"They waited 24 hours," Meechan said. "They took a look at the plate, and they didn't see any new growth. At that point, they assumed the material was safe."
Researchers took the samples to the two lower-security CDC labs, which were developing the new tests. Their experiments did not work, and a week later, one of the labs asked for additional inactivated samples.
That is when researchers in the bioterror lab discovered that they had left the agar plates containing the bacteria in an incubator for an additional week, Meechan said. As they were about to dispose of them, the researchers noticed growth on one of the plates, which turned out to be live anthrax.
At that time, the scientists realized the samples they sent to the two lower-security labs might have contained live anthrax bacteria. People working in those labs take fewer safety precautions and were unlikely to be wearing a respirator, putting them at higher risk for infection.
The team immediately pulled back the samples and contacted the staff members who had handled them.
CDC reached some of the lab workers that same night. Since then, they have been interviewing managers and using electronic surveillance and keycard data to identify anyone who might have been inside one of the two labs testing the samples.
Agency spokesman Tom Skinner said the internal probe is focusing on why safety protocols were not followed to the letter. An FBI official said there was no evidence of criminal activity.
"Clearly something needs to be altered," Skinner said. "We are going to find out what went wrong and we are going to fix it. If that requires discipline, that will happen in due time."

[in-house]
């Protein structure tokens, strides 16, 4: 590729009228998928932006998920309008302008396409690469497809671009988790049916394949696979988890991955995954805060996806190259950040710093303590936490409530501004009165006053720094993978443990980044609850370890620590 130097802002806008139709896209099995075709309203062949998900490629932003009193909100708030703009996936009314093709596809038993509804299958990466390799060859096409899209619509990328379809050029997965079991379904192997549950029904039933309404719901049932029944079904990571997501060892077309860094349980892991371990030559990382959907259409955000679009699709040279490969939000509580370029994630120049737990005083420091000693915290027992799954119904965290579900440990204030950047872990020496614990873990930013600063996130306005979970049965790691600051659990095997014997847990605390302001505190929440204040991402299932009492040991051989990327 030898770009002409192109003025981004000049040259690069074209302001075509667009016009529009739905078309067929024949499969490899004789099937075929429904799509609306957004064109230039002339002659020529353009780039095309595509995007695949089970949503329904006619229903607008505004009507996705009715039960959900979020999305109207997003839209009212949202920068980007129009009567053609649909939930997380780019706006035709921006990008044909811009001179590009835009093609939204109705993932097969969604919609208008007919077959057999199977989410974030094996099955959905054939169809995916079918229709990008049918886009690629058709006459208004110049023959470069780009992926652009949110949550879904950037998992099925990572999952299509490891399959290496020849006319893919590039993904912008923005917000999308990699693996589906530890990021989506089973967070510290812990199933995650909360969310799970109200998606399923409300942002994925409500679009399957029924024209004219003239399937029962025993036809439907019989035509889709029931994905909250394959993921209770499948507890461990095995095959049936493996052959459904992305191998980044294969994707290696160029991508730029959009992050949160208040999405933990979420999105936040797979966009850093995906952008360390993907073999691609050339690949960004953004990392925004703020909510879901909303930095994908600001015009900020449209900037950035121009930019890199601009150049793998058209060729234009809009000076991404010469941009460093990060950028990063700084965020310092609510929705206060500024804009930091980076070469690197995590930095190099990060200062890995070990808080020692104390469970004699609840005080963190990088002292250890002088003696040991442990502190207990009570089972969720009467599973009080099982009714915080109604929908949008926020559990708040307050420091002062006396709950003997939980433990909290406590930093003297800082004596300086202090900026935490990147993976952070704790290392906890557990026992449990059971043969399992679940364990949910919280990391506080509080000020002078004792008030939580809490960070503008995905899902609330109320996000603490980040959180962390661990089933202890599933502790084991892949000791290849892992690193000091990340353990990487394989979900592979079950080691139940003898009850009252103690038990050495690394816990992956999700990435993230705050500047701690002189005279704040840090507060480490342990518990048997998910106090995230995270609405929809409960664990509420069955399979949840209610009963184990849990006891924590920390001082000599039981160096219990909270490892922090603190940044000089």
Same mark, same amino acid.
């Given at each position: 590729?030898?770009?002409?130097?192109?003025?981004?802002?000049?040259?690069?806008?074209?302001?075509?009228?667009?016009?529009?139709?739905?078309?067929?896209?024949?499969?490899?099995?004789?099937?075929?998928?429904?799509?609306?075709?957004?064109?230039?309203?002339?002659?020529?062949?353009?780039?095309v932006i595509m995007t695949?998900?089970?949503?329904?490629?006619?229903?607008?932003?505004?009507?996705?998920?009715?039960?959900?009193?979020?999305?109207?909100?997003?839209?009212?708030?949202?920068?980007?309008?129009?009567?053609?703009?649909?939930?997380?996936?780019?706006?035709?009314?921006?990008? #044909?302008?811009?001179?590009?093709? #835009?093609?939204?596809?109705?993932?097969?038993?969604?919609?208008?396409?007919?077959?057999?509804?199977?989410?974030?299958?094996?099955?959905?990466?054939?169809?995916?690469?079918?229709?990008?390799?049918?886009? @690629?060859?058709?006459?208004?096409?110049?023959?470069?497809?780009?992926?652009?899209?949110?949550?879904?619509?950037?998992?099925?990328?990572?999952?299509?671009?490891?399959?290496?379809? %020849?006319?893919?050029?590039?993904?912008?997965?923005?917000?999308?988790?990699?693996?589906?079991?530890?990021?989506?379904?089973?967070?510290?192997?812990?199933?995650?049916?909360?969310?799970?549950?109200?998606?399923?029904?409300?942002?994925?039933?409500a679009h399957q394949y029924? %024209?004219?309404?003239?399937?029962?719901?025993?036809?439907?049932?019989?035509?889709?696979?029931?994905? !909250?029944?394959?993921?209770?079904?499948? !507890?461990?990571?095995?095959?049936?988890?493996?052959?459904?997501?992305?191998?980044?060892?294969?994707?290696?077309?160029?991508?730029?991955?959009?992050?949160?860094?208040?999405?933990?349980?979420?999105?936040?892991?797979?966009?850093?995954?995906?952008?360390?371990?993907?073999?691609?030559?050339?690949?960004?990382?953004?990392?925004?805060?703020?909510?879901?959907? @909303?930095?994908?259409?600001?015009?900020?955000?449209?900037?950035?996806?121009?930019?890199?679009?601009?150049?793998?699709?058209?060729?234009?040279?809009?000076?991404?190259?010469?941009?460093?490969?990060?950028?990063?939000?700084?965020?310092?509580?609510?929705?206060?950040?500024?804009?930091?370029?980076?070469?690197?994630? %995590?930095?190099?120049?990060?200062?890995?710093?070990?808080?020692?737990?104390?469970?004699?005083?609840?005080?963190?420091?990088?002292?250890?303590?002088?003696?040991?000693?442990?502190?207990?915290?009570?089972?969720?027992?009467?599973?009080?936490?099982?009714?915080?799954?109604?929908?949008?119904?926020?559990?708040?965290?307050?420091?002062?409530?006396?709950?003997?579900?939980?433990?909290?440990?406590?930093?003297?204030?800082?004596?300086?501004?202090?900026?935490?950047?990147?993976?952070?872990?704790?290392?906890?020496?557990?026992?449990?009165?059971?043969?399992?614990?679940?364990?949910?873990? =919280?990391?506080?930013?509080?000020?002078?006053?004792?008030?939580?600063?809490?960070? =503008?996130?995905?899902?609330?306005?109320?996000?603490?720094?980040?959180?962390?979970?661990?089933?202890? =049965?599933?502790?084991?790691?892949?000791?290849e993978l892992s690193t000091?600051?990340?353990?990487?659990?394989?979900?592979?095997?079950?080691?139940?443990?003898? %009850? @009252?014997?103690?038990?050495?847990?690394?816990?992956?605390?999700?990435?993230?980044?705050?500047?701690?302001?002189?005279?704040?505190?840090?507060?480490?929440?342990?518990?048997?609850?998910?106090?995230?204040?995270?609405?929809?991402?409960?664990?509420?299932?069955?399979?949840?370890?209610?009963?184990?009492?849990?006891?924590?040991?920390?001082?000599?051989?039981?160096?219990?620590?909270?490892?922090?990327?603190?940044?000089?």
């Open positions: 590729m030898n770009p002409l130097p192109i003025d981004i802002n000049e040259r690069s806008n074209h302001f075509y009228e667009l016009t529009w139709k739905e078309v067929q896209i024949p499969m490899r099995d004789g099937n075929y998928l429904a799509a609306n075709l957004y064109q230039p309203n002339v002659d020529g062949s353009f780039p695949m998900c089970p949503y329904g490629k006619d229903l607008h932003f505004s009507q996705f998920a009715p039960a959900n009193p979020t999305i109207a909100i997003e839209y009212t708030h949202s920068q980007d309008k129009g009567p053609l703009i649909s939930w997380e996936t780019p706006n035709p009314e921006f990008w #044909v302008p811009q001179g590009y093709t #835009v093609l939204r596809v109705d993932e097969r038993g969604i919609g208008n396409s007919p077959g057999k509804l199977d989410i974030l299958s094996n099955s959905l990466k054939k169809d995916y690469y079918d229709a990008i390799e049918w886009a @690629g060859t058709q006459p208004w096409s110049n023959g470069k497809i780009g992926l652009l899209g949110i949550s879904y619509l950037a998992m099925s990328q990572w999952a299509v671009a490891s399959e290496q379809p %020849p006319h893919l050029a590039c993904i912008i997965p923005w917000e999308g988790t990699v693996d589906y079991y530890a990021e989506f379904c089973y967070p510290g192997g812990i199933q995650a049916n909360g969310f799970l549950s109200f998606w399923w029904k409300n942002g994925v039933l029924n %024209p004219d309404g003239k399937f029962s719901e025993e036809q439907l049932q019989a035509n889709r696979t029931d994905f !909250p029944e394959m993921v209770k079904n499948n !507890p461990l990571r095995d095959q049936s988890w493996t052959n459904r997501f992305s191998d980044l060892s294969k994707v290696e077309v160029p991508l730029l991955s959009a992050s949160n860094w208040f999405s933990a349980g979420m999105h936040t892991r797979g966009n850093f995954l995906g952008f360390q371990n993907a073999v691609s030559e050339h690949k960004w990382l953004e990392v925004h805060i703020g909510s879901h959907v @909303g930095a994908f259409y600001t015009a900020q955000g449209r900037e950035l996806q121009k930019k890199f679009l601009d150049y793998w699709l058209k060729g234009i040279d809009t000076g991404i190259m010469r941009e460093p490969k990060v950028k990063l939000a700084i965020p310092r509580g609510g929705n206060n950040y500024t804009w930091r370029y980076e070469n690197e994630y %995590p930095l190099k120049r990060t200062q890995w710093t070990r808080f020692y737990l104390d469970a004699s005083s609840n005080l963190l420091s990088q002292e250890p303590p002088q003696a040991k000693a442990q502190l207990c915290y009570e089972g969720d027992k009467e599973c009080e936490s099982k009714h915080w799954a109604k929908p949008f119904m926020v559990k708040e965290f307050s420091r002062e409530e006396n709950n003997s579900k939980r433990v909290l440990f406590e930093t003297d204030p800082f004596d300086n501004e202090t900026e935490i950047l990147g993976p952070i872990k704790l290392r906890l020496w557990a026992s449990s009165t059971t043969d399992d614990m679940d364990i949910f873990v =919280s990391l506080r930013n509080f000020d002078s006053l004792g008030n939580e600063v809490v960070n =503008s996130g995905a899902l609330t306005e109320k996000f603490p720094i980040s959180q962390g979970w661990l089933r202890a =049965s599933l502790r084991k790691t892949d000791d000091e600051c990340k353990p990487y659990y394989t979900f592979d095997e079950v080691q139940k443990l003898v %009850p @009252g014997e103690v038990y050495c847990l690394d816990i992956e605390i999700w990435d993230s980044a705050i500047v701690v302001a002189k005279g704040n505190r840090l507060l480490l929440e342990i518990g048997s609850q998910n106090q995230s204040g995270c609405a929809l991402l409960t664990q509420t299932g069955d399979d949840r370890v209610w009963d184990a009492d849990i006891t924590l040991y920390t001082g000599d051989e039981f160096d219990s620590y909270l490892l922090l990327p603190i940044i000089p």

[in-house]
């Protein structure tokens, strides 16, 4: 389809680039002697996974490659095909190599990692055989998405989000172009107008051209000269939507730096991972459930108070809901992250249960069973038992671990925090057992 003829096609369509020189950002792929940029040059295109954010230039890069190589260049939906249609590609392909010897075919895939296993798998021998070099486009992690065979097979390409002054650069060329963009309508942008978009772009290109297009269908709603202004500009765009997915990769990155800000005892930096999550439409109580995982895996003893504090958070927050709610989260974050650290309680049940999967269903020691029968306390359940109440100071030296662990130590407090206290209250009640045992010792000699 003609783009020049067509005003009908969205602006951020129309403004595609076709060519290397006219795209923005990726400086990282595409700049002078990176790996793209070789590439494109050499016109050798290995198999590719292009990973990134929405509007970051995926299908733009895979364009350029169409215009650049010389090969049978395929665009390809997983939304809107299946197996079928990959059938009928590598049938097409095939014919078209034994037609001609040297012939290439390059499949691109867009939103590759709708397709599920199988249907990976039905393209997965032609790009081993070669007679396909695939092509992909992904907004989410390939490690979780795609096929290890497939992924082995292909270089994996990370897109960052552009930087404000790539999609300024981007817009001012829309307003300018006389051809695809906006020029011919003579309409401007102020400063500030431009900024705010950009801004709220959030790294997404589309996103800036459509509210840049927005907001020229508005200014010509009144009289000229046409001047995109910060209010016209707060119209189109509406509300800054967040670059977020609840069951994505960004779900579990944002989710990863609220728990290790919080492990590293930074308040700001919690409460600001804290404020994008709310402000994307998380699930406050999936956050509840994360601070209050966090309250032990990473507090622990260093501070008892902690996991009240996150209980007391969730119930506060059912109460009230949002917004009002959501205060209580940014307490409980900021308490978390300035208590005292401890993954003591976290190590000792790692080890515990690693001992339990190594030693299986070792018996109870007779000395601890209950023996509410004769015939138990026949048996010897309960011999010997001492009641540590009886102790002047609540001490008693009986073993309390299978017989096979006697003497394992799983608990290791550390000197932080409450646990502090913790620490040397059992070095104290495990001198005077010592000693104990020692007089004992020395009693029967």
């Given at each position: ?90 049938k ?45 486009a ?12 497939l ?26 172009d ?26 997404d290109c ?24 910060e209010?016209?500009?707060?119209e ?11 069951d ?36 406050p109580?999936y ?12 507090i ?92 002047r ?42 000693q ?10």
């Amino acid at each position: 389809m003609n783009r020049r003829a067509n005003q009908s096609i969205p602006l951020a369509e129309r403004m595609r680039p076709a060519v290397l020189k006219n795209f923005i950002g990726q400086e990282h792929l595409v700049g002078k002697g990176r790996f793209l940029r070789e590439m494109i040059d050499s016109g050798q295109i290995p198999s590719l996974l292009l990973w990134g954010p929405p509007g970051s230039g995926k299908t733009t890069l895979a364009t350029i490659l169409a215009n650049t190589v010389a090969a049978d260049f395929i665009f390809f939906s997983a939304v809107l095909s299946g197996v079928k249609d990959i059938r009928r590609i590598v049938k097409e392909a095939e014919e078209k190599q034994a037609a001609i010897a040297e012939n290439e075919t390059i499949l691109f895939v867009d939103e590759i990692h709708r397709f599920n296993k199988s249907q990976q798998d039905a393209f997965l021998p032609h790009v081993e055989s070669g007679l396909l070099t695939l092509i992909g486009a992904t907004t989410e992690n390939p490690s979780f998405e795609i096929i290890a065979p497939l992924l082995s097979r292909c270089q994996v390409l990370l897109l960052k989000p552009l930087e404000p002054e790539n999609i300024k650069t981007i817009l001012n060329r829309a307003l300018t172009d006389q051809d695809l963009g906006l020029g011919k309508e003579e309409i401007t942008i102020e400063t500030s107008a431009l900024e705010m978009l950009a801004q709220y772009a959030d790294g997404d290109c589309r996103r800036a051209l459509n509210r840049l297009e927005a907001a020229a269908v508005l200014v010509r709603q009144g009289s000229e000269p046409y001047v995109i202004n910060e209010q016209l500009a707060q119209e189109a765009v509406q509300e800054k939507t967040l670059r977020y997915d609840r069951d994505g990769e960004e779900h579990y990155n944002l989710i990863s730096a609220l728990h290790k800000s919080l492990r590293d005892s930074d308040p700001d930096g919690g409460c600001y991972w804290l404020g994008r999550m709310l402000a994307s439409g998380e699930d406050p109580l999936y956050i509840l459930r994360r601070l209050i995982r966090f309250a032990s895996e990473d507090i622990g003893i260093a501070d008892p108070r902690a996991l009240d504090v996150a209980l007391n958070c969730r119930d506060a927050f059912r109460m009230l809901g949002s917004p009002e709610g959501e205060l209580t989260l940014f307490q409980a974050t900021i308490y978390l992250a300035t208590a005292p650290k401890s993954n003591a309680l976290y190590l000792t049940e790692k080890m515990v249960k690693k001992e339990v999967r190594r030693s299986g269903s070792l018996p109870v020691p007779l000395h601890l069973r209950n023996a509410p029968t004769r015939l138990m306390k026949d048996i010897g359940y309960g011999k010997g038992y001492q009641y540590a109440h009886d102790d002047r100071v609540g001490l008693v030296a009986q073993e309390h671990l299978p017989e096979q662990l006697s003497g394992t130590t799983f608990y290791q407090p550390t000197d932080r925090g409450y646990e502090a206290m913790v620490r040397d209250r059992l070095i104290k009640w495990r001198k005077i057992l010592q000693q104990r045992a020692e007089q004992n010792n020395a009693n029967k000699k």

The Office of Inspector General in the U.S. Department of Health and Human Services said it is also evaluating the incident, but gave no further details.
TRACKING WORKERS' HEALTH
In the meantime, CDC workers who may have been exposed are being evaluated for any health issues. One worker had cold-like symptoms, but no signs of respiratory illness that would suggest anthrax infection.
Ciprofloxacin is the drug of choice for warding off anthrax infections, but has a long list of side effects. The agency is also offering the milder doxycycline antibiotic. CDC employees are expected to take the drugs for at least two months.
Anthrax can enter the body through a cut in the skin, through ingesting anthrax-tainted material or breathing anthrax spores into the lungs.
Since most of the lab workers were likely wearing gloves and protective goggles but not masks, the biggest worry is respiratory anthrax. Skinner said the lab samples largely involved live anthrax cultures, but some of the samples may have developed into spores, which can be inhaled.
Once inhaled, anthrax spores can germinate, a process that takes one to six days. The bacteria then release several deadly toxins that can cause internal bleeding, swelling and tissue death, making early treatment crucial. About 90 percent of people with second stage inhalation anthrax die, even after antibiotic treatment.
(Reporting by Julie Steenhuysen; Additional reporting by Toni Clarke and David Morgan in Washington; Editing by Michele Gershberg, Lisa Von Ahn, Martin Howell and Bernard Orr)